Gold and the US Employment Report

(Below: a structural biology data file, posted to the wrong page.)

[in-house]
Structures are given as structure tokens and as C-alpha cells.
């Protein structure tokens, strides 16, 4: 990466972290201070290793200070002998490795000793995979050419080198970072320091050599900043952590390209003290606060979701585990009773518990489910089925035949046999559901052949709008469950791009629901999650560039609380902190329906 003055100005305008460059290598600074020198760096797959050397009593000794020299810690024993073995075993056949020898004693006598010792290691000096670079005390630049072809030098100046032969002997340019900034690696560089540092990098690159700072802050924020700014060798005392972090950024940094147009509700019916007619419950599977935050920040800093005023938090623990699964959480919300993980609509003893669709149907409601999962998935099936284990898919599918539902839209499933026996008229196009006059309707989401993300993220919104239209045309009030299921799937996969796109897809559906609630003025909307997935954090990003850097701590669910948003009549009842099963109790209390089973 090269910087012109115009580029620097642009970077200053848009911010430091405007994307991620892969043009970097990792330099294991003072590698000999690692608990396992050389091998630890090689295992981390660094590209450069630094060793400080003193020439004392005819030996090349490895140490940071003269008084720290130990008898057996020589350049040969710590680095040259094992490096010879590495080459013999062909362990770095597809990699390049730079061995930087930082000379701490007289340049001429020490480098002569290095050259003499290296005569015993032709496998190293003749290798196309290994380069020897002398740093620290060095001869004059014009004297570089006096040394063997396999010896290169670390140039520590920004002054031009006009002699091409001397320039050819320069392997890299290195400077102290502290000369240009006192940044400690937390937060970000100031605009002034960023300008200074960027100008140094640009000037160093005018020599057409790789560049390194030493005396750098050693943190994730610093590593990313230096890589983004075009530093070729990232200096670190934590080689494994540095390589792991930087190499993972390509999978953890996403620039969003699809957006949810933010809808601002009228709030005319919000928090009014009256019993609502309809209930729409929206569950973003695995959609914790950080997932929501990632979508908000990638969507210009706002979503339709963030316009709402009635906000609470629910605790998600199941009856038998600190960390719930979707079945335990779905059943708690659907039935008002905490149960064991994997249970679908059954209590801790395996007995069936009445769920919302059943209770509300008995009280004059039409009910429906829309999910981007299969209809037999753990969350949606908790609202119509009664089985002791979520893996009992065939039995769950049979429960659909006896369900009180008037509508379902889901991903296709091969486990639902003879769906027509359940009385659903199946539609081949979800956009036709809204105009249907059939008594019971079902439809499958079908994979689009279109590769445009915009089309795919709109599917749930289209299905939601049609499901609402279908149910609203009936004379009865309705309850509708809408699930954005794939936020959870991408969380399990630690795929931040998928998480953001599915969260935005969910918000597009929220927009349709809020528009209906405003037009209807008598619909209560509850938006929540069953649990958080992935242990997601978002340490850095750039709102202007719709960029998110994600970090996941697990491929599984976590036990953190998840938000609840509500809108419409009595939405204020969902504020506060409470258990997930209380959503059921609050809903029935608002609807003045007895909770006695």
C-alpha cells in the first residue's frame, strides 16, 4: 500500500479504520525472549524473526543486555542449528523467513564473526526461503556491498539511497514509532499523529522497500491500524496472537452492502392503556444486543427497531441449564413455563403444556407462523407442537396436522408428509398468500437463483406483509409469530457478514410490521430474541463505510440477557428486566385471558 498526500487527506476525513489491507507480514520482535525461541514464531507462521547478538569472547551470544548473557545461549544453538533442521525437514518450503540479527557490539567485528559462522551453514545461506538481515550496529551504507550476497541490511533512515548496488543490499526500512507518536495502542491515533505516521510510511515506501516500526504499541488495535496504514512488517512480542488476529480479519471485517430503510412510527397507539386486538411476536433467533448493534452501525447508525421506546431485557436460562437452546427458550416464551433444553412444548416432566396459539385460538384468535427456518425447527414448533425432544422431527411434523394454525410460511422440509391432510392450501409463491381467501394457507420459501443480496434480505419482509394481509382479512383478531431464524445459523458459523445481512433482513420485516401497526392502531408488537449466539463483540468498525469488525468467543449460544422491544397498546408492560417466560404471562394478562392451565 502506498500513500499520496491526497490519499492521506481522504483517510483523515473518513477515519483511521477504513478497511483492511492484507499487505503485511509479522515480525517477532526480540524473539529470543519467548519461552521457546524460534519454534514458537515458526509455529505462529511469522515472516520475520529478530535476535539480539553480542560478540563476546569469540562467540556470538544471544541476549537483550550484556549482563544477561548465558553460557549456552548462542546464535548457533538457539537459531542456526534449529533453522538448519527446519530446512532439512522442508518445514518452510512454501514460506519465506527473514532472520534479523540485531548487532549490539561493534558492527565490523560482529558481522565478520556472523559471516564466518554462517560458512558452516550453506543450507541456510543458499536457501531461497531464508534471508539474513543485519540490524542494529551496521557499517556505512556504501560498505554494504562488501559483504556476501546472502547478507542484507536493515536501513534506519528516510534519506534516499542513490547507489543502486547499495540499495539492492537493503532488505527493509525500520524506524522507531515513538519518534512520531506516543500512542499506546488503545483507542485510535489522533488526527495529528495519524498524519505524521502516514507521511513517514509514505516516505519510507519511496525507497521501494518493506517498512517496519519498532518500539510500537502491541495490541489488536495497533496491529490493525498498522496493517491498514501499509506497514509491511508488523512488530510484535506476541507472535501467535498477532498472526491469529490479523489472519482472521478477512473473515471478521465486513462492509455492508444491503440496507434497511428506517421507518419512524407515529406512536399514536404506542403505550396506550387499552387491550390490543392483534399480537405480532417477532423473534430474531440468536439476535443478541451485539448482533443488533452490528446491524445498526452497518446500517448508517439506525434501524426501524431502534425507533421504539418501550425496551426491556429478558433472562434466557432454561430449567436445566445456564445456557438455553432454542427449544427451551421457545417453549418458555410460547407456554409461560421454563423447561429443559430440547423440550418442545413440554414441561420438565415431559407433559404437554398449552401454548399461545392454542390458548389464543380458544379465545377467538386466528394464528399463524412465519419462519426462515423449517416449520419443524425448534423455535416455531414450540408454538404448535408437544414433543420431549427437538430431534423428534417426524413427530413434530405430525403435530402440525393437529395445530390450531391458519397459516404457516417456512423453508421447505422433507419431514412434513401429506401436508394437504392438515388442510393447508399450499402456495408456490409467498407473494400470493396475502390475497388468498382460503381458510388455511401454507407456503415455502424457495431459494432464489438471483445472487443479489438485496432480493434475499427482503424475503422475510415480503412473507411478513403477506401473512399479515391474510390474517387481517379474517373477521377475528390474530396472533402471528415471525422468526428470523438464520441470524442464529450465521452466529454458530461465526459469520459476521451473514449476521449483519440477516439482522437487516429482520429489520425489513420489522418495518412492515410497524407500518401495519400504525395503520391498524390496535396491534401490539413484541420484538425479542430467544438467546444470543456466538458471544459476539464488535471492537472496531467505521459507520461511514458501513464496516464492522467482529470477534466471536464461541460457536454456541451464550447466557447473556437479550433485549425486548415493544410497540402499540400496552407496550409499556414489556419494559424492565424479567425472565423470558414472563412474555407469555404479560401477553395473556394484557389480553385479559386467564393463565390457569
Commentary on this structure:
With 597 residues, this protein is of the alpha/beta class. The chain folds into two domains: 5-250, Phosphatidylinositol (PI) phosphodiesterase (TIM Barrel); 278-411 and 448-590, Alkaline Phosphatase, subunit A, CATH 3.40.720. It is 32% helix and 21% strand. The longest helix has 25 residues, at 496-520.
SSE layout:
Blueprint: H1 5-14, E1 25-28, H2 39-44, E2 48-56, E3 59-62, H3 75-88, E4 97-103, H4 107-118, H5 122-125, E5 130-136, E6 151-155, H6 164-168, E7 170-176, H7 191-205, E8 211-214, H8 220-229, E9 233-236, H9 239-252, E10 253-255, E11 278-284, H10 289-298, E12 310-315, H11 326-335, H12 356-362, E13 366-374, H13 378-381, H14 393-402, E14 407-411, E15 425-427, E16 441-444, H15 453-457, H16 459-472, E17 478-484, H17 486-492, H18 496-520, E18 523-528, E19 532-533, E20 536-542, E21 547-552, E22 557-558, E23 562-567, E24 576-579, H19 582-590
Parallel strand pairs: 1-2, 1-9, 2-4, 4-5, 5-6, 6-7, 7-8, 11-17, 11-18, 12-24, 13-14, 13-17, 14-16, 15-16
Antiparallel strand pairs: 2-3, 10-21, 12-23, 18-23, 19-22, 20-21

by Steve Saville, Gold Seek Below is an excerpt from a commentary posted at www.speculative-investor.com on 3rd May. Excerpts from our newsletters and other comments on the markets can be read at our blog: http://tsi-blog.com/ Last week we looked at how the US$ gold price performs around FOMC meetings, with a focus on the trading week leading up to the FOMC Announcement day. This week we have done the same with regard to the monthly US employment report. Here’s what we found: The table presented below shows the date of every monthly employment report from the beginning of 2013 through to the present, the gold price at the end of the day prior to the report, gold’s daily closing price 6 trading days prior to the report, and the difference between these two prices. When this difference is negative it means that the gold price fell during the 5 trading days leading up to the day on which the latest monthly employment report was issued. The table also shows the price change on the day of the report. Click image to enlarge Screen Shot 2015-05-07 at 9.17.30 AM There were 117 weeks from the beginning of 2013 until the March Employment Report was published in early-April. The cumulative change in the gold price from the beginning of 2013 until 2nd April 2015 was -$471 (a loss of $471), which amounts to an average loss of $4 per week. The cumulative change during the 28 pre-Employment-Report trading weeks over the period since the beginning of 2013 was +$101, or an average GAIN per week of $3.60. Therefore, the data since the beginning of 2013 suggest an UPWARD bias during the trading week leading up to the release of the monthly employment report. Although the average weekly gain was only $3.60, the bias is significant because it happened during a downward trend. Far more interesting than the upward bias during the 5 trading days leading up to ’employment day’ is the performance on the day itself. On the day of the report there has been a strong DOWNWARD bias and much greater-than-average volatility. Specifically: 1. There was a cumulative loss of $189 over the Employment-Report days since the beginning of 2013, which means that about 40% of gold’s total loss over the 28-month period in question occurred on Employment Report days. 2. On a daily closing basis the gold price has moved by $20 or more on about half of the Employment-Report days over the period in question, a fact that understates the actual volatility because it leaves out the large intra-day swings that are regularly provoked by the employment news. There are two other aspects of the above table that are worth highlighting. First, the results have been skewed to some extent by the $110 loss — one of the largest single-day losses in gold market history — on 1st February 2013. Second, prior to the release of the March Employment Report in early-April there had been a strongly-negative ’employment-day’ bias going back seven months. This is not difficult to explain, because during this period there was a string of better-than-expected employment reports (bullish economic news is bearish for gold). What is the next monthly employment report, which will be published on Friday 8th May, likely to indicate? We have no idea and neither does anyone else. The rate of jobs creation is such a lagging measure of economic performance that consistently bad news on the employment front generally doesn’t happen until well after a recession has begun, so the fact that the March employment report (published in early-April) was very weak says nothing about what the April employment report will indicate. We think that the main takeaway from the above table is that it is much riskier than usual to have a sizable short-term gold position (a long position or a short position) just ahead of a monthly US employment report. Long-term speculators can ride-out the volatility, but short-term speculators should probably avoid it by being out of the market or ‘flat’ when the employment report is released.

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